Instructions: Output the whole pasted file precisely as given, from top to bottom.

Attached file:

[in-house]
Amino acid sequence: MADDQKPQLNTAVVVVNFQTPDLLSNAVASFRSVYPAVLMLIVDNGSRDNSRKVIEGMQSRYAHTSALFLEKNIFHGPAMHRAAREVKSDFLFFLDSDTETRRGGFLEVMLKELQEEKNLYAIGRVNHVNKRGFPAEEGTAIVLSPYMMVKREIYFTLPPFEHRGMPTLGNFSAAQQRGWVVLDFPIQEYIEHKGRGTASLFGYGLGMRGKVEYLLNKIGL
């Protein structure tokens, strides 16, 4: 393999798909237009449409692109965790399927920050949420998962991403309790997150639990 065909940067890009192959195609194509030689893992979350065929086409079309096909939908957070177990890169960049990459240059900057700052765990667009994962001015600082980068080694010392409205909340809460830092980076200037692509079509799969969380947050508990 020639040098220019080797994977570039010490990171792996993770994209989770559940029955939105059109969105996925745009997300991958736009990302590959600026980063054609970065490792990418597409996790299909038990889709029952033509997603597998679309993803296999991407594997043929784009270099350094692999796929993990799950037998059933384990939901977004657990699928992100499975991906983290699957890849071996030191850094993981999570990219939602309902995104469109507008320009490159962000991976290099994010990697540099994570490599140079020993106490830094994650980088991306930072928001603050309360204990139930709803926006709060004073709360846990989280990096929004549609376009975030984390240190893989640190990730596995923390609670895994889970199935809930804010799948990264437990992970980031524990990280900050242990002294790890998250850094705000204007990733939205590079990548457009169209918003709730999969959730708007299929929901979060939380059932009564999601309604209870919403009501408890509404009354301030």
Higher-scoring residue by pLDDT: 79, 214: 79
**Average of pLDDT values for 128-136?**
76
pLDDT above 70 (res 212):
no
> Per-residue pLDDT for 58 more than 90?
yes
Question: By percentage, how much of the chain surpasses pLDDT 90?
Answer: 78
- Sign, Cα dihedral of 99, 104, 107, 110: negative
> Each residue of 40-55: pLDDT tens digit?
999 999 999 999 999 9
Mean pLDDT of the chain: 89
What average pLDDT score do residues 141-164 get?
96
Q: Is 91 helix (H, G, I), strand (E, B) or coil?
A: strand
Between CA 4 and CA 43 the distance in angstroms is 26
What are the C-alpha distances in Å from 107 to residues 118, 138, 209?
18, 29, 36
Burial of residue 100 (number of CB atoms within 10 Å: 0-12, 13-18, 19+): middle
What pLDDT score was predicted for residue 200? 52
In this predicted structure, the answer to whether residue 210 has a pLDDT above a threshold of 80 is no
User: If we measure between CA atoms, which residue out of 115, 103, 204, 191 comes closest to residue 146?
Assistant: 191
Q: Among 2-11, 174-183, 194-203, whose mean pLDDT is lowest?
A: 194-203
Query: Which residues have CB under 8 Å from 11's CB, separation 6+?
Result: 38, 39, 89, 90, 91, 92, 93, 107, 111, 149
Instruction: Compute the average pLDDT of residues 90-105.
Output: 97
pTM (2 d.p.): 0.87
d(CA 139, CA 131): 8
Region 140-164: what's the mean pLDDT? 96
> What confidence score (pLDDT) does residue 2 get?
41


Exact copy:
[in-house]
Amino acid sequence: MADDQKPQLNTAVVVVNFQTPDLLSNAVASFRSVYPAVLMLIVDNGSRDNSRKVIEGMQSRYAHTSALFLEKNIFHGPAMHRAAREVKSDFLFFLDSDTETRRGGFLEVMLKELQEEKNLYAIGRVNHVNKRGFPAEEGTAIVLSPYMMVKREIYFTLPPFEHRGMPTLGNFSAAQQRGWVVLDFPIQEYIEHKGRGTASLFGYGLGMRGKVEYLLNKIGL
């Protein structure tokens, strides 16, 4: 393999798909237009449409692109965790399927920050949420998962991403309790997150639990 065909940067890009192959195609194509030689893992979350065929086409079309096909939908957070177990890169960049990459240059900057700052765990667009994962001015600082980068080694010392409205909340809460830092980076200037692509079509799969969380947050508990 020639040098220019080797994977570039010490990171792996993770994209989770559940029955939105059109969105996925745009997300991958736009990302590959600026980063054609970065490792990418597409996790299909038990889709029952033509997603597998679309993803296999991407594997043929784009270099350094692999796929993990799950037998059933384990939901977004657990699928992100499975991906983290699957890849071996030191850094993981999570990219939602309902995104469109507008320009490159962000991976290099994010990697540099994570490599140079020993106490830094994650980088991306930072928001603050309360204990139930709803926006709060004073709360846990989280990096929004549609376009975030984390240190893989640190990730596995923390609670895994889970199935809930804010799948990264437990992970980031524990990280900050242990002294790890998250850094705000204007990733939205590079990548457009169209918003709730999969959730708007299929929901979060939380059932009564999601309604209870919403009501408890509404009354301030």
Higher-scoring residue by pLDDT: 79, 214: 79
**Average of pLDDT values for 128-136?**
76
pLDDT above 70 (res 212):
no
> Per-residue pLDDT for 58 more than 90?
yes
Question: By percentage, how much of the chain surpasses pLDDT 90?
Answer: 78
- Sign, Cα dihedral of 99, 104, 107, 110: negative
> Each residue of 40-55: pLDDT tens digit?
999 999 999 999 999 9
Mean pLDDT of the chain: 89
What average pLDDT score do residues 141-164 get?
96
Q: Is 91 helix (H, G, I), strand (E, B) or coil?
A: strand
Between CA 4 and CA 43 the distance in angstroms is 26
What are the C-alpha distances in Å from 107 to residues 118, 138, 209?
18, 29, 36
Burial of residue 100 (number of CB atoms within 10 Å: 0-12, 13-18, 19+): middle
What pLDDT score was predicted for residue 200? 52
In this predicted structure, the answer to whether residue 210 has a pLDDT above a threshold of 80 is no
User: If we measure between CA atoms, which residue out of 115, 103, 204, 191 comes closest to residue 146?
Assistant: 191
Q: Among 2-11, 174-183, 194-203, whose mean pLDDT is lowest?
A: 194-203
Query: Which residues have CB under 8 Å from 11's CB, separation 6+?
Result: 38, 39, 89, 90, 91, 92, 93, 107, 111, 149
Instruction: Compute the average pLDDT of residues 90-105.
Output: 97
pTM (2 d.p.): 0.87
d(CA 139, CA 131): 8
Region 140-164: what's the mean pLDDT? 96
> What confidence score (pLDDT) does residue 2 get?
41